Adopting a Chocolate Chip Star (2/23/04) I need some help please.  I will be 'adopting' my brother's chocolate chip starfish when he moves.  I only want a small tank (10 gallons) - since it is basically just for the starfish.  I would like to know what else - if anything - I could put in the same tank.  I know he will eat other starfish (already has) and I know starfish can eat anemones and corals.  Is there anything you can suggest?  Thank you. <Unless you can do a bigger tank, you'd best not adopt this star. Better to give it to a marine aquarium store for sale to someone with a proper setup. Starfish require superb water conditions that are difficult to maintain in such a tiny tank, especially if you are a novice. They're also better off with a lot of live rock and live sand to scavenge. I have not heard of chocolate chips eating other stars of equal size, but they will consume just about anything they can get their stomachs around before it can escape. If you can get a bigger (say 30-40G range tank, you could set something up with the star and a shrimp and maybe a fish. You need to read a lot about the equipment and $$$ required for any marine setup. BTW, how do you plan to feed this starfish? Hope this is of some help. Steve Allen.>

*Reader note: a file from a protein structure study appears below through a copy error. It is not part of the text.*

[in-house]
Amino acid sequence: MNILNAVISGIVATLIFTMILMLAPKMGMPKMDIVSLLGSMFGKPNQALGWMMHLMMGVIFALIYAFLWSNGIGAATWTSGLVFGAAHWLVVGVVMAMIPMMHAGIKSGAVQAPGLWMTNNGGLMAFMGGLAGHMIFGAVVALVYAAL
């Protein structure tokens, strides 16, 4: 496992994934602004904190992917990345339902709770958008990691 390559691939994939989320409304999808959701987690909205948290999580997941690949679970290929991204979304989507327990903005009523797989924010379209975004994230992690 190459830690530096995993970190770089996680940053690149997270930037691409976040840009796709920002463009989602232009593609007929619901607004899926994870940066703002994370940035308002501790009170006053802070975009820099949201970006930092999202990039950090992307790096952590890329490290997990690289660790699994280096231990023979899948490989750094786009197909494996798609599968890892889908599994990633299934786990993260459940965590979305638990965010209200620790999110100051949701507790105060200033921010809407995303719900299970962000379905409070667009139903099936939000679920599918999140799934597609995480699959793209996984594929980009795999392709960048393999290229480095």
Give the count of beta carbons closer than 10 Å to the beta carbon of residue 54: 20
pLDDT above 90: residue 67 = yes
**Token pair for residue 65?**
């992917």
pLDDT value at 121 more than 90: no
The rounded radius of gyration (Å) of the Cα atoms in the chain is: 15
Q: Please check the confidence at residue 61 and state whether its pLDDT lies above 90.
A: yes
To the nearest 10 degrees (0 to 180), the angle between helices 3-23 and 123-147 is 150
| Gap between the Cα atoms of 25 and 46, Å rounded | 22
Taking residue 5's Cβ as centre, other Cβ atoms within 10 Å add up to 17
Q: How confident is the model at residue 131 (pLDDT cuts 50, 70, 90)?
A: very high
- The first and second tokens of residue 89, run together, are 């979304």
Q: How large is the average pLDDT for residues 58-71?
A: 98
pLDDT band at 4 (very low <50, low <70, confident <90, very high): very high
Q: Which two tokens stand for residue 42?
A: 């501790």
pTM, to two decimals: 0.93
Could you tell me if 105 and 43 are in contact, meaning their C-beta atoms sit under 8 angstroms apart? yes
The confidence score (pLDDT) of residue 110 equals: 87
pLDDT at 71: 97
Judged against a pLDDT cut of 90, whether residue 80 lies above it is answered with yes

Starfish + Nitrites = Unhappy Starfish (1/6/04) We need your help ASAP! <Ananda here at the keyboard today... this question's a bit outside of my usual bailiwick, but I've got an idea of what you can do.> We set up a 20 gallon quarantine tank and it has an Emperor 280 Bio-Wheel Filter and we have an air stone and heater and a couple PVC pipes in it.   <Sounds good except for the airstone. The Emperor will give you plenty of aeration, since it sprays water onto the bio-wheels.> We are keeping the temperature at 81 degrees.   <A touch on the high side...> We bought two clown fish and a chocolate chip starfish about two weeks ago and put them in to quarantine.   <I'd probably go with a separate quarantine for the starfish (purchasing it at a different time), but...> The problem is today we noticed our chocolate chip starfish is on the bottom he is moving a little but not like he was and his arms are all curled upward.   <I read this and immediately wondered what your water quality was.> Our nitrites are reading at 3.0 and we can't figure out why they are so high.   <Your quarantine tank is cycling.> The ammonia tests are reading 0 and the nitrates are reading 0. <You have sufficient bacteria to convert all the ammonia the fish produce into nitrites, but insufficient bacteria to convert those nitrites into nitrates.> Do you think this is why our chocolate chip starfish isn't doing well? <Absolutely.> Also, what can we do to bring the nitrites down?   <A very large water change -- in this instance, I think 75% is not out of line. If you do not have fresh saltwater ready, you should get a batch going and keep it mixing for at least four hours. If you can buy aged, pre-mixed saltwater at a local retailer, you might do that to cut down on the time before you can do a water change. Additionally, you might wish to consider Marine Bio-Spira -- it's a refrigerated product that contains live nitrifying bacteria to cycle your tank in a day or so. I've had luck with the freshwater version.> We do a 25% water change about twice a week.   <You will want to increase the frequency of your water changes.> Help!  Also, our starfish has like a white mucus floating on one of his chocolate chips.  What do you think that is?   <A stress reaction to the nitrites, most likely.> Your help would be greatly appreciated! Thank You, Bret Weddle <I do hope this helps and that you can get the water changed in time to save the sea star. --Ananda>